What is the role of leaf certificate's private key if this certificate is signed by the intermediate certificate's private key and the certificate signature will only be validated using its public key.

  • I think you have a misunderstanding of how TLS works and how server authentication (specifically prove of certificate ownership) is done - therefore marked as duplicate of question which explain this. In short: The private key is used to prove ownership of the certificate by the server. It does not matter if an intermediate certificate is involved or not. – Steffen Ullrich Mar 24 at 4:55

See The First Few Milliseconds of an HTTPS Connection, by Jeff Moser. Scroll down to the section, 'Trading Secrets'. This section describes how the client encrypts the pre-master secret using the server's public key (i.e. the public key contained in the server's leaf certificate), and sends the encrypted public key to the server. The server then has to decrypt this message. This is done using the server's private key corresponding to the public key in the server's leaf certificate.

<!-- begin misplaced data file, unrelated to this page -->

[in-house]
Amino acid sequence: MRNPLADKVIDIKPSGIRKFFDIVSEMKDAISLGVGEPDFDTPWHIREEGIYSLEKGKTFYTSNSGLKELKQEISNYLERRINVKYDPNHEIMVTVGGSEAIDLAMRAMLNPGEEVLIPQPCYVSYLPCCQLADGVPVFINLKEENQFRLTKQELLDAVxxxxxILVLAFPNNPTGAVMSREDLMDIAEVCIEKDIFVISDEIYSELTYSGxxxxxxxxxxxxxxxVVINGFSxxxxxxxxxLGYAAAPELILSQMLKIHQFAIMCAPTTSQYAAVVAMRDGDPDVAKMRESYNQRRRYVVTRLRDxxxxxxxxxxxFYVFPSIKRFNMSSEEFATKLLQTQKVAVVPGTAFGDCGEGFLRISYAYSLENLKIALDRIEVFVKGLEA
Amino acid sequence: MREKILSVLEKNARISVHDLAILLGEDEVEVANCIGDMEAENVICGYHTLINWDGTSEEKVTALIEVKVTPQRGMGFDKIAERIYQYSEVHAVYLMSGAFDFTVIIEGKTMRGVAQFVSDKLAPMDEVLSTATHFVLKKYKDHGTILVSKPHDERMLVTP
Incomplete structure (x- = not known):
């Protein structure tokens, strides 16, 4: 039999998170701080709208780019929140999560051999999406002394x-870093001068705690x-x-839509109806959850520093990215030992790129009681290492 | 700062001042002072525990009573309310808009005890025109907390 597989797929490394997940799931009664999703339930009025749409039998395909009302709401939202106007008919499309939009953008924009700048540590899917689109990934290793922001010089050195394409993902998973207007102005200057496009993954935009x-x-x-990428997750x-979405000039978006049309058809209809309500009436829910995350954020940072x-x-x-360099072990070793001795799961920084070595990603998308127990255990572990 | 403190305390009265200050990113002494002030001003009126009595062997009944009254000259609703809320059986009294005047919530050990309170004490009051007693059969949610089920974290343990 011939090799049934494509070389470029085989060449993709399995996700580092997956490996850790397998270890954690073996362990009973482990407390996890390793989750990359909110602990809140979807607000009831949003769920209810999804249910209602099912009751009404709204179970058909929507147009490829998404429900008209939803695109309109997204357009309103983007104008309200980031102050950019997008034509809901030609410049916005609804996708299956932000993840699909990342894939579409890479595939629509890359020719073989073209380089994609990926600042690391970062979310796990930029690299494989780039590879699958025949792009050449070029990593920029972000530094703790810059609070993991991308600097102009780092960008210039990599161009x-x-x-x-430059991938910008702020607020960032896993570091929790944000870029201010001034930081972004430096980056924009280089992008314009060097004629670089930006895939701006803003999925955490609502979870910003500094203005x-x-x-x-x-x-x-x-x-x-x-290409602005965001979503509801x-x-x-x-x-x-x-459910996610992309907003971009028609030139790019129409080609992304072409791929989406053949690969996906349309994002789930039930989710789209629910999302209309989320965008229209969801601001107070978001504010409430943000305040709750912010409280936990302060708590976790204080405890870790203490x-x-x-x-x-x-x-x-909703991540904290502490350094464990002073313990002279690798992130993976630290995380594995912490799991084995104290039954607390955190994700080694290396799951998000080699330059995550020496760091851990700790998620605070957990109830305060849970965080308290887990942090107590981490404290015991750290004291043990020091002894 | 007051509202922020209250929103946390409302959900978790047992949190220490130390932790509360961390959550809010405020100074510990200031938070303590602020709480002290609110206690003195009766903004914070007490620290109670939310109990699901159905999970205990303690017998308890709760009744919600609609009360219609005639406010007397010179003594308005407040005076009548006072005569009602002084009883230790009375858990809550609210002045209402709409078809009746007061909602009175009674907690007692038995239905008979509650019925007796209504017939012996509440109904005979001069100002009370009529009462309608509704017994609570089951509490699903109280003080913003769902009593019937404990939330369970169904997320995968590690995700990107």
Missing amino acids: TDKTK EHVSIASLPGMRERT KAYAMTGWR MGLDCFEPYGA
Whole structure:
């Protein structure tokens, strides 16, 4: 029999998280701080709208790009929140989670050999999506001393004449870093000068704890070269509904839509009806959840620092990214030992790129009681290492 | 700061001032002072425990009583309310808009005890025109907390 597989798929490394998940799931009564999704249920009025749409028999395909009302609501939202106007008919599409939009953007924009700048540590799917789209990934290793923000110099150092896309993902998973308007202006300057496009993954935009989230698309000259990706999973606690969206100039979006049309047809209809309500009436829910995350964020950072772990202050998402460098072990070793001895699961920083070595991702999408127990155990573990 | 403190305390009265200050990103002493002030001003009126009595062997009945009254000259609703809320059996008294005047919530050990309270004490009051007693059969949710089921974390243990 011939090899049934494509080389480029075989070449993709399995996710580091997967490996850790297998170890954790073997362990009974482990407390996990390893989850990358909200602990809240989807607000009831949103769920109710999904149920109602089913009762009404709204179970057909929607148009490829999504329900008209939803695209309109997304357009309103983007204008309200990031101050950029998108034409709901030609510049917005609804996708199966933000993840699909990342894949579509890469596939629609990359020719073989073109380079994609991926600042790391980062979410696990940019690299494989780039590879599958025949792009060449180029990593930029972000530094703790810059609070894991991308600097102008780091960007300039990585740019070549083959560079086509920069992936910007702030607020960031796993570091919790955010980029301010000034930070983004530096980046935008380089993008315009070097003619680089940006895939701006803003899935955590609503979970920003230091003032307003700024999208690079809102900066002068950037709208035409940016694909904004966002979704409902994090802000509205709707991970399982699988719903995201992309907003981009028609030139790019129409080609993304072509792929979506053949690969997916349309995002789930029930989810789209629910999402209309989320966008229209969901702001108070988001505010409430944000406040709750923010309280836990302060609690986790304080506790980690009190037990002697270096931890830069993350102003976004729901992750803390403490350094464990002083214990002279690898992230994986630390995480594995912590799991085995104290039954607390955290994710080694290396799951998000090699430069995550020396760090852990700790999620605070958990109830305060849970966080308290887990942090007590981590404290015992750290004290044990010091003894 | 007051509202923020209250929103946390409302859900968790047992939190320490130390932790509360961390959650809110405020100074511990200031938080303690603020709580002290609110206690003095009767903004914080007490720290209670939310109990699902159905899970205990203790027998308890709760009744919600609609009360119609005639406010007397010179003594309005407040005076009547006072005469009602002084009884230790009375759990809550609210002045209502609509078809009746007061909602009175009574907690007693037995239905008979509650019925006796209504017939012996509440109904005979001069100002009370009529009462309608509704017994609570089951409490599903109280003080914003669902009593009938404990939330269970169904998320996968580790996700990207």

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    Although beautifully artistic that reference is now obsolete, at least for the public net/web. After Snowden -- roughly 2015 to 2018 -- most websites finally moved to DHE or ECDHE ciphersuites (which had been available well over a decade) which do not use RSA encryption (but may use RSA signature), and today in 2020 a good quarter have moved to TLS1.3 which requires [EC]DHE and no longer supports plain-RSA keyexchange at all. – dave_thompson_085 Mar 24 at 4:00
  • @dave_thompson_085, Thanks for your comment. I agree that this reference is outdated, but I thought it was useful in at least as much as explaining the role of the leaf certificate in TLS. Here's a more current reference, that uses TLS1.2 with TLS_ECDHE_RSA_WITH_AES_128_GCM_SHA256. – mti2935 Mar 24 at 10:59

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